PITTSBURGH PENGUINS DEVELOPMENT CAMP 2013
PLAYER SPOTLIGHT: BRYAN RUST
By Dave Fryer, Contributor to InsidePittsburghSports.com
Bryan Rust has nearly seen it all in his three seasons at the University of Notre Dame. “We’ve been to the Frozen Four. We haven’t made the tournament. We’ve been a first-round knockout. We’ve seen the ins and outs, the goods and bads,” Rust said.
The senior-to-be has also ridden a similar rollercoaster ride on a personal level.
In 2010, Rust had a fairytale year. He was a member of the Under-18 team for the United States that won a gold medal at the World Championships, where he posted 8 points in 7 games. He also put up big numbers with the US National Development Team that season, including leading the team with 7 game-winning goals. Rust then reached a personal milestone that summer when he had the honor of being drafted by the Pittsburgh Penguins in the third round of the 2010 NHL Entry Draft.
Rust’s success continued into his collegiate career at Notre Dame that fall. He made an impact in his freshman season with the Fighting Irish by putting up 19 points and a +14 rating. That was the year his team advanced to the Frozen Four of the NCAA Tournament, falling to eventual-champion Minnesota-Duluth in the national semifinals. It seemed as though Rust was on an unstoppable climb upward.
Then the bottom fell out.
Rust had an incredibly disappointing season as a sophomore for the Irish, dropping to just 11 points and a -2 rating. His squad struggled also, hovering around the .500 mark and finishing well shy of a berth into the NCAA Tournament. He was just another face at his first Development Camp with the Penguins that off-season, barely gaining much interest or attention. What was once a vertical ascent now felt like a downward spiral for the Michigan native.
But Rust used that summer to establish a more-positive outlook on himself and his game. “Just by being a guy who’s upbeat and positive about things, instead of looking at things negatively like maybe it was a few years ago at Notre Dame when I had a rough year,” Rust recalled. “I take things one step at a time and don’t look too far into the forward. It’s all about the present and the now, and I know if I just work hard now, it’ll pay off in the future.”
And with those mental adjustments, Rust experienced a lot of physical improvements over the following year. “My skating took a huge step and probably just my overall body in general. I dropped 3-4% body fat. With that, I was able to really get stronger and quicker so I was able to get to my top speed faster. It helped me quite a bit in getting that extra step on defenders.”
That translated into a very productive junior season for Rust in 2012-13. He led the Irish with a +25; tied for the team lead in assists, power-play goals, and game-winning goals; and was second in goals and points. That helped bump his team up to 25 wins and a return to the NCAA brackets.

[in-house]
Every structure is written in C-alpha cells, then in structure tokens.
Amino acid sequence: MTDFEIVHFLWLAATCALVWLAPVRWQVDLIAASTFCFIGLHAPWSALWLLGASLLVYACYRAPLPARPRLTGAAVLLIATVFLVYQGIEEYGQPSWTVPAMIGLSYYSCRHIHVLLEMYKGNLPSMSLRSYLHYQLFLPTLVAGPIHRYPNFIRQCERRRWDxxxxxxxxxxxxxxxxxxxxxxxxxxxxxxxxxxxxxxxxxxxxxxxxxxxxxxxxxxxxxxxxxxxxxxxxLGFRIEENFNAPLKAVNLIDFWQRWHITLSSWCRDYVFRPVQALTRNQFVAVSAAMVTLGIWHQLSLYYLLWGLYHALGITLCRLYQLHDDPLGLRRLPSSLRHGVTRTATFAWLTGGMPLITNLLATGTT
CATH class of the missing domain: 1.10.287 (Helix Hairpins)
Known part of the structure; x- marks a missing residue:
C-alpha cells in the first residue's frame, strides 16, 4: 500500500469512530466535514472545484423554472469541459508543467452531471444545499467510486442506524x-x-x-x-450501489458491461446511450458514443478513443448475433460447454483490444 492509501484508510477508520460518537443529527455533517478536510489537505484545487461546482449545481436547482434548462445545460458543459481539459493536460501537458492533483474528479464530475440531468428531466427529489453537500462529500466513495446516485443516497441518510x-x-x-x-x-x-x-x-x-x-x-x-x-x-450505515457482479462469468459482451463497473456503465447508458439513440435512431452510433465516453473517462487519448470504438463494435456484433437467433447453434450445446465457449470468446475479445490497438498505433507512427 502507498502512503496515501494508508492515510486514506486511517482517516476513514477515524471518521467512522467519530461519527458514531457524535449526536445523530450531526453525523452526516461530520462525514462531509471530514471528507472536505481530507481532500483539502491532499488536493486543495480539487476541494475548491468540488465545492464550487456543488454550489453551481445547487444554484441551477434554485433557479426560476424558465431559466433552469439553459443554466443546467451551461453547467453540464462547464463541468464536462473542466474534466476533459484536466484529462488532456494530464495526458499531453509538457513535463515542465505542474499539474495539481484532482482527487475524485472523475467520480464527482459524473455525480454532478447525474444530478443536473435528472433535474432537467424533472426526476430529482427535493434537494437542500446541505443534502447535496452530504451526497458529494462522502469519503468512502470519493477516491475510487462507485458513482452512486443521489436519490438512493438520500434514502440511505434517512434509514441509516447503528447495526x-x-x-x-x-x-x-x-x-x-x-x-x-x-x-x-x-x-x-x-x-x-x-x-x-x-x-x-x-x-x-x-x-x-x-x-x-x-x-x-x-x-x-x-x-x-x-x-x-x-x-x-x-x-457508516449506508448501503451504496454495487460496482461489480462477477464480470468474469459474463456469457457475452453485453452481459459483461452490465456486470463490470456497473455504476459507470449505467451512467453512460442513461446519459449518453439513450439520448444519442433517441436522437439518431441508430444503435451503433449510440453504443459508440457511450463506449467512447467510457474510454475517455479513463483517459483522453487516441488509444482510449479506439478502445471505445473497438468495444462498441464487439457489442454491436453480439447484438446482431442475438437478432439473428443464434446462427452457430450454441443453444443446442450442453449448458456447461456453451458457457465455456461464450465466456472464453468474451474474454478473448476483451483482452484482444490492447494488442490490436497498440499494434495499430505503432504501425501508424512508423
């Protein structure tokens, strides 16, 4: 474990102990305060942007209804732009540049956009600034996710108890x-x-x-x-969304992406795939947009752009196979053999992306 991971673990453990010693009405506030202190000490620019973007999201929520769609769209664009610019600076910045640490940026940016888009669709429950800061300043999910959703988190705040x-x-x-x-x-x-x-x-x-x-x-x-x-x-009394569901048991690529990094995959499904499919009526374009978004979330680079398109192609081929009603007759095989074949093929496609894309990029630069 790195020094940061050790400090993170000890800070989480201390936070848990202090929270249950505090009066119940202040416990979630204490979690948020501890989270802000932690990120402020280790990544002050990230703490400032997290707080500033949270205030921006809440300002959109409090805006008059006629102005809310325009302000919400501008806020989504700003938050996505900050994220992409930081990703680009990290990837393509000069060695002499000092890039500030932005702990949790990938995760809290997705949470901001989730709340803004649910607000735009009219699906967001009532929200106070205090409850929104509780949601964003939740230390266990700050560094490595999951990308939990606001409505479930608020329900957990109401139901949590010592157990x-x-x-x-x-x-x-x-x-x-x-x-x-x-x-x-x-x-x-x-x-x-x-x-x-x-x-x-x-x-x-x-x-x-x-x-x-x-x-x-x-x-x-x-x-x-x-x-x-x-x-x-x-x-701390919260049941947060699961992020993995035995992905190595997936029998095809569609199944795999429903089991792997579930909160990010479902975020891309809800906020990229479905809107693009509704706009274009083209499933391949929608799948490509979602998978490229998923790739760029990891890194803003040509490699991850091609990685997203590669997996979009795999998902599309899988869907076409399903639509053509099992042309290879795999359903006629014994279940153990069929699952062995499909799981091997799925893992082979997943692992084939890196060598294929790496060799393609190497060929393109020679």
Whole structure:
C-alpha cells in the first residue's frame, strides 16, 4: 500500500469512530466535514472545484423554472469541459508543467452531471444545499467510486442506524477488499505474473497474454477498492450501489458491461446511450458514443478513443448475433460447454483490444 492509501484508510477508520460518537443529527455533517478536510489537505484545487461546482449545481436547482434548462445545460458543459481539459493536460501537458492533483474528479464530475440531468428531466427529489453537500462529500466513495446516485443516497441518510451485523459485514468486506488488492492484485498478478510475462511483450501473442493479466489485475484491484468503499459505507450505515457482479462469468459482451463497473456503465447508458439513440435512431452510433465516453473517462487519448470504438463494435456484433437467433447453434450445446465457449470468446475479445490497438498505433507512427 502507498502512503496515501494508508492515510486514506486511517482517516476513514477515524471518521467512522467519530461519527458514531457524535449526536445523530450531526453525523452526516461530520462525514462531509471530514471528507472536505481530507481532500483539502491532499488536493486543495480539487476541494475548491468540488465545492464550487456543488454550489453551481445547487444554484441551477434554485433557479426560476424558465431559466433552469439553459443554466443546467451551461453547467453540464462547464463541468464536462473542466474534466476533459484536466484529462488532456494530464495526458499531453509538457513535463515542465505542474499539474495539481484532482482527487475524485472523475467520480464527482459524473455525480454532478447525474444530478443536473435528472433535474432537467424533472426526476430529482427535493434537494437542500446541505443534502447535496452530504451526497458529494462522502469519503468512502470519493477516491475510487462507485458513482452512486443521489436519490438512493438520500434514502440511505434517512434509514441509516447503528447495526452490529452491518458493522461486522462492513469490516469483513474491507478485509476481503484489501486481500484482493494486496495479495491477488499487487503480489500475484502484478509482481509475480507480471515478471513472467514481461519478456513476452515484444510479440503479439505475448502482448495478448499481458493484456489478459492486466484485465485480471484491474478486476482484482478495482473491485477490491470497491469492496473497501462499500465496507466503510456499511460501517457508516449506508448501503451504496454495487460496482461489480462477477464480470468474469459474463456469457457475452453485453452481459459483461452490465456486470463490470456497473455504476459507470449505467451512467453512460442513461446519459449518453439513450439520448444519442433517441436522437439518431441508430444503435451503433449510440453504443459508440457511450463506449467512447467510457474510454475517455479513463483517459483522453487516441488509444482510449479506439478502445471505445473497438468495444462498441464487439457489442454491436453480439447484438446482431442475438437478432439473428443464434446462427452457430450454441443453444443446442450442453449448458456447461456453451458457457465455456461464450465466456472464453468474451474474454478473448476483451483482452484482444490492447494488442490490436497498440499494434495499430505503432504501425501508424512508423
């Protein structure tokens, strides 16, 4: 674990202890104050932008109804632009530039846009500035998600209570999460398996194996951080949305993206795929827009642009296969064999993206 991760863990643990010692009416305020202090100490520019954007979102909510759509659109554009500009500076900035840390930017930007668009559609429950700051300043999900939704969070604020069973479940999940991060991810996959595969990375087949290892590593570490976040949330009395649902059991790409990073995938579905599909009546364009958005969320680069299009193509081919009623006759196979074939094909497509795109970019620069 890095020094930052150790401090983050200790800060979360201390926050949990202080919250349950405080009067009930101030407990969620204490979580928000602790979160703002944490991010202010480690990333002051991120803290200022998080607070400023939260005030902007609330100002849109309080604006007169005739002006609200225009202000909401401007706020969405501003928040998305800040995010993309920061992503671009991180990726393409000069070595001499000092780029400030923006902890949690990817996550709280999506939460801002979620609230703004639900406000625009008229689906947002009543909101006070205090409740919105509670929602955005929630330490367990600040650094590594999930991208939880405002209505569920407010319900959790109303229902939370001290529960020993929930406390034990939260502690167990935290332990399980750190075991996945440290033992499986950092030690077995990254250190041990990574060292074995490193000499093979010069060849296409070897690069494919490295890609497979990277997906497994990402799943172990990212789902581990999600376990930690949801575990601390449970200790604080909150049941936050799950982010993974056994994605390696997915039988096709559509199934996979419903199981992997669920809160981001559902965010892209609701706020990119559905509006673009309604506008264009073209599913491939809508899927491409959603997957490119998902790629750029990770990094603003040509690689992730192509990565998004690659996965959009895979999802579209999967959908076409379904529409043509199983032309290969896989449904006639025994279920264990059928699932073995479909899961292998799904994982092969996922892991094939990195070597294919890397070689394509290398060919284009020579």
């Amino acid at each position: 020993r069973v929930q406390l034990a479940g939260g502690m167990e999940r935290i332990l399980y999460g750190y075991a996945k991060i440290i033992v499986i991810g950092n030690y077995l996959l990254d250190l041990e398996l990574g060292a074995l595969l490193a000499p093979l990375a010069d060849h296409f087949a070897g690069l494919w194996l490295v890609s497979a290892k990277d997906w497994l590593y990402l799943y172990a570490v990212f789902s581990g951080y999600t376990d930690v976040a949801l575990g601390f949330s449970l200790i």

That brought Rust back to his second summer camp with the Penguins with improved focus and confidence. “I was expecting it to be a pretty tough week, but I’m excited for the rest of the week,” he said after an on-ice session at the camp. “I came in way more comfortable and way more calm. My nerves weren’t nearly as bad, and I knew what to expect. I knew I was in good shape, as opposed to last year, when I felt like I was in mediocre shape and didn’t know how I was going to do.
“In the physical testing, I was able to show that I’ve worked really hard. In the numbers, I’m way improved over last year when I was here,” he said.
Rust now seems to be back on a steep, upward track again, a feeling echoed by Notre Dame Assistant Coach Jason Nightingale when told of Rust’s strong showing at the camp. “I’m not surprised Bryan is doing well. He had a great season and is an important part of our team,” Nightingale said. “He is a great fit for the Notre Dame Hockey program. He’s a good steward of his academic and athletic talents. He’s an everyday player with great practice habits. He understands the game at a high level, and the coaching staff relies on his feedback in terms of tactics and adjustments.”
But Rust knows from his previous experiences that there is never a guarantee that things will always go perfectly by setting himself on cruise control and being fixated too far in the distance. “Now I’m happy about where I am, but I’m not satisfied. I probably won’t be satisfied until we win a National Championship or until I sign (a pro contract) or until something like that,” Rust said. “I’ve learned to work hard, I’ve learned to do the right things, I’ve learned to eat right, and things like that. So I’m hoping to take that forward with me.”
And what does he hope that future holds? “Our whole class is looking to leave a mark at Notre Dame. (We want to) win a championship, maybe the first one in Hockey East. That’s what we’re looking for. And obviously our program hasn’t won a National Championship, and with 11 seniors on our team next year, that’s our goal.”
And the goal beyond his current scope would obviously be to land a spot in Pittsburgh. “They expect me to go hard to the net, be a net-front guy, and be a grittier guy,” Rust described. “One of those energy roles that can play both ends of the ice, play PK, and if the time comes, I can step up on the power play. Hopefully that works out, and hopefully I can keep progressing my game that way so I can be there.”